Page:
The Answer Behind My 13% Rule

By David Blyweiss, M.D., Advanced Natural Wellness

September 12, 2014

  • Why you should limit meat to 13% of your diet
  • Charring and grilling poses serious health risks
  • This is your gut on an animal-based diet

In a recent issue of Advanced Natural Wellness, I talked about the dangers of eating processed meats.

Well, I’ve received a flood of responses to that article. And almost all of them are asking the same thing… “If it’s only the processed meats that are bad for us and we avoid them, then why do we have to limit regular meat to 13% of our diet?”

This is a great question, and one that I hear quite often from my patients.

When it comes to commercial meats, the immediate answer is simple. Commercially raised meats come with a hefty dose of antibiotics, hormones, genetically modified corn from animal feed, and other health horrors you don’t want anywhere near your dinner plate.

That’s why I always recommend choosing grass-fed, pastured and organic meats and poultry.

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But even when you choose these healthier forms of meat, problems can arise if you eat too much of them. Part of it has to do with the way you cook them… and part of it has to do with the way they alter the immune response in your gut.

Let me explain…

If you could choose any type of meat, cooked any way you like, what would it be?

When I ask my patients that question, the overwhelming response is a steak, chop or ribs that have been char-grilled or broiled.

This is a problem, because cooking meat at high temperatures causes the release of substances that come with some serious health risks.

One of those substances is called advanced glycation products (AGEs). These are damaged molecules and sugars that bind to your cells.

AGEs are strongly linked to arterial stiffness and plaque build-up that are common in heart disease. They’re also associated with diabetes, arthritis, Alzheimer’s disease, dementia, muscle-wasting and cataracts. This may partly be due to the fact that they raise levels of C-reactive protein, which is a key marker for inflammation.

Grilling and cooking meat at high temperatures also releases heterocyclic amines (HCAs) and polycyclic aromatic hydrocarbons (PAHs). Both of these compounds increase the risk of colon, pancreatic, breast and prostate cancer.

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The higher the temperature, the longer the cooking time, and the more charring and grilling involved, the more of these chemicals will be released.

Now, if you can enjoy your meat without the charring, there are a few ways you can reduce your exposure to these substances. Steaming meats at low heat can really cut the risk. Braising them in liquid or simmering them in a sauce can also help. I like using a slow cooker or roasting at low temperatures.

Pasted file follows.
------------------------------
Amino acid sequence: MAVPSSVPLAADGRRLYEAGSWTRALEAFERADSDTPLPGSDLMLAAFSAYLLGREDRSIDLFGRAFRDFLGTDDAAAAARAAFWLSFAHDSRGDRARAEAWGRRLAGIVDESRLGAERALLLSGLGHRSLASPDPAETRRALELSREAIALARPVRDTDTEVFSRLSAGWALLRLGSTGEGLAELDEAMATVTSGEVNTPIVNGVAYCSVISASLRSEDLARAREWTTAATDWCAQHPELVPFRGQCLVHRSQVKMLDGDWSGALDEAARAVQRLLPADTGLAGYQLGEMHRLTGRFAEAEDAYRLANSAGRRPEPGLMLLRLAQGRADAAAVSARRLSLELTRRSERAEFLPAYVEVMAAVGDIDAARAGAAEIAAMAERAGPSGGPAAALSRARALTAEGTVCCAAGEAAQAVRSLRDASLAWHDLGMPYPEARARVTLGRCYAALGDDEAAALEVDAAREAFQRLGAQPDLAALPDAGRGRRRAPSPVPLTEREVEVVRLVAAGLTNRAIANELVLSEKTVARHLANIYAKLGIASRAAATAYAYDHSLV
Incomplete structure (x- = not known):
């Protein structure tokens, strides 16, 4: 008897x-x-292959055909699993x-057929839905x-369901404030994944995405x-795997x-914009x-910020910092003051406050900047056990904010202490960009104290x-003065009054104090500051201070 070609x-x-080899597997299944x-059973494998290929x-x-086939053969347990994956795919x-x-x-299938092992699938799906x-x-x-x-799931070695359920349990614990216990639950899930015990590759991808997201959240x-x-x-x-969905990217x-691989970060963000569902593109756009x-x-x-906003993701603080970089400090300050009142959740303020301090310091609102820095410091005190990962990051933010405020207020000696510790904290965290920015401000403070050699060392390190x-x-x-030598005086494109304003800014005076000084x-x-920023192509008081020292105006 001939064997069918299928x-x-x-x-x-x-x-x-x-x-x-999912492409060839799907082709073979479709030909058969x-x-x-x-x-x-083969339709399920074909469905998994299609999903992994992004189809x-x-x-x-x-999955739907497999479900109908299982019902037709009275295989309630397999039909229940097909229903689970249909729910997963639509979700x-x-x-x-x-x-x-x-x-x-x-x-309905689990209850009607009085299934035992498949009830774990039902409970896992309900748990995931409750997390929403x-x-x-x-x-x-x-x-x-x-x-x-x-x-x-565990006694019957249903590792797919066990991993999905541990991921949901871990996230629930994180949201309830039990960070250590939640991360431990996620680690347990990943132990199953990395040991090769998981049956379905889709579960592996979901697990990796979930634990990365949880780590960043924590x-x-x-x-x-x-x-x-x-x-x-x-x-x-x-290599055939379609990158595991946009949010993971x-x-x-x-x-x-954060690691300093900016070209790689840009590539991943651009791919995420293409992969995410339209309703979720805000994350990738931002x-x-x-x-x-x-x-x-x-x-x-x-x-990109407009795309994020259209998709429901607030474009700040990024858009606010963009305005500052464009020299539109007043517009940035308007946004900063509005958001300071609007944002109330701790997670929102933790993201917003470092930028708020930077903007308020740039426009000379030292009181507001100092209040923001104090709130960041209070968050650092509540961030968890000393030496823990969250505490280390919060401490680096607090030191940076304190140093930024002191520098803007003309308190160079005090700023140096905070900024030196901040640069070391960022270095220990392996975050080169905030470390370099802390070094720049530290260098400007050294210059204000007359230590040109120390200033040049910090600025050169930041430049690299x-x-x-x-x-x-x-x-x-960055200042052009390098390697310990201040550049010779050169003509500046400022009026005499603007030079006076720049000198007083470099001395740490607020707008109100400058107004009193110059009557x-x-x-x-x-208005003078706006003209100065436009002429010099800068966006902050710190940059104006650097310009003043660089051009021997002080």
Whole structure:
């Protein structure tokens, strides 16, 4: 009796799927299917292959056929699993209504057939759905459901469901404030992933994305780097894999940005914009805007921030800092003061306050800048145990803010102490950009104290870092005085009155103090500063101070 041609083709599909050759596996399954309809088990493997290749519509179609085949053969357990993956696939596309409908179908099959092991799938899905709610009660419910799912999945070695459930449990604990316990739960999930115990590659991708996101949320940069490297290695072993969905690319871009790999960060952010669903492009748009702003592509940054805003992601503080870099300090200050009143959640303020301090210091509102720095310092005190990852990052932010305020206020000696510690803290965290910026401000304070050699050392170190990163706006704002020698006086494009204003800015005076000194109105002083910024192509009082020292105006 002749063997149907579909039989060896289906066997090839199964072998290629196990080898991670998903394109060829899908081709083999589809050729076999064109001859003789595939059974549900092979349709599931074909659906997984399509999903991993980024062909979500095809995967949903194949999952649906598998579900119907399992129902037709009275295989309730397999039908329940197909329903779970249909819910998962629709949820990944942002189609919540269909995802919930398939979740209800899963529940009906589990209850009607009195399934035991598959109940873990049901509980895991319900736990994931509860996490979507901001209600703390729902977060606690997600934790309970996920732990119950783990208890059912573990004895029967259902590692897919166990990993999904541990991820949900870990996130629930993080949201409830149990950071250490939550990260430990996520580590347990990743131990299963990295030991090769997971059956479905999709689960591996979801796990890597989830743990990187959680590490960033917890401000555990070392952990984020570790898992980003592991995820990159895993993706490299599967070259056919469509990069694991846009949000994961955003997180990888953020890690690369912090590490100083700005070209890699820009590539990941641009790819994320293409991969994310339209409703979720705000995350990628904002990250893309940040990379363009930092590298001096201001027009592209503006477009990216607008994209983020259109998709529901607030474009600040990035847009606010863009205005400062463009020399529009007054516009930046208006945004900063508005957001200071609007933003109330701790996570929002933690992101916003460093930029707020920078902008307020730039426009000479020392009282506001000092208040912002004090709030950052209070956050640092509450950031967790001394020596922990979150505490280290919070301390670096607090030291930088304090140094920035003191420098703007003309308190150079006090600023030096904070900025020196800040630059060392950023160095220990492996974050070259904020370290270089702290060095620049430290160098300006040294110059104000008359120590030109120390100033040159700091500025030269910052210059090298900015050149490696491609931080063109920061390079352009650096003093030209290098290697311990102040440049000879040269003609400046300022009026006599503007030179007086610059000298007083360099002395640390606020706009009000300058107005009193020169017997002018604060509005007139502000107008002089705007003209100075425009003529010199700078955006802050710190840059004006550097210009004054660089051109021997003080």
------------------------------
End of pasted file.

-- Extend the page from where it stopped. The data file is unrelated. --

And, here’s a little trick that’s common in the Mediterranean and Asian diets. These cultures marinate meat in acidic ingredients like lemon or vinegar. This helps cut down on the formation of AGEs, PAHs and HCAs during the cooking of meat.

While you have some control over the cooking method of your meat, there’s not much you can do about what happens when it hits your gut.

The foods you eat have a great deal of control over the types of bacteria living in your digestive system. Some foods produce types of bacteria that are good for you. Others? Not so much.

Eating too much meat upsets this delicate balance of bacteria in your gut. And today we’re learning this imbalance has a very big role when it comes to inflammatory factors, heart disease, diabetes, stroke – even obesity. People who have these conditions have very different gut flora than those without them.

In just a single day, an animal-based diet can cause the bacteria linked to inflammatory bowel disease to flourish. In four days, it increases the type of about 21 other types of bacteria. And not all of them are good for you.

A plant-based diet has effects that occur just as rapidly. But there’s a big difference. The diets high in fruits and vegetables – but low in meat – are associated with a highly diverse microbiota that’s good for your health.

So, go ahead and enjoy a juicy steak, tasty lamb chop, or half of a rack of baby-back ribs – about 13% of the time, and from grass-fed livestock.

The other 87% of the time, load up on your fruits and veggies. The more variety you include, the healthier your gut will be… and the healthier you will be.

Luevano-Contreras C, et al. “Dietary Advanced Glycation End Products and Aging.” Nutrients. 2010 December; 2(12): 1247–1265.

Zheng W, et al. “Well-done meat intake, heterocyclic amine exposure, and cancer risk.” Nutr Cancer. 2009;61(4):437-46.

Kinross JM, et al. “Gut microbiome-host interactions in health and disease.” Genome Med. 2011 Mar 4;3(3):14.

Larsen N, et al. “Gut Microbiota in Human Adults with Type 2 Diabetes Differs from Non-Diabetic Adults.” PLoS One. 2010; 5(2): e9085.

“Changes in the gut bacteria protect against stroke.” University of Gothenburg The Sahlgrenska Academy. Nov 5, 2012.

Kallus SJ, et al. “The intestinal microbiota and obesity.” J Clin Gastroenterol. 2012 Jan;46(1):16-24.

David LA, et al. “Diet rapidly and reproducibly alters the human gut microbiome.” Nature. 2014 Jan 23;505(7484):559-63.

Jeffery IB, et al. “Diet-Microbiota Interactions and Their Implications for Healthy Living” Nutrients. Jan 2013; 5(1):234-252.

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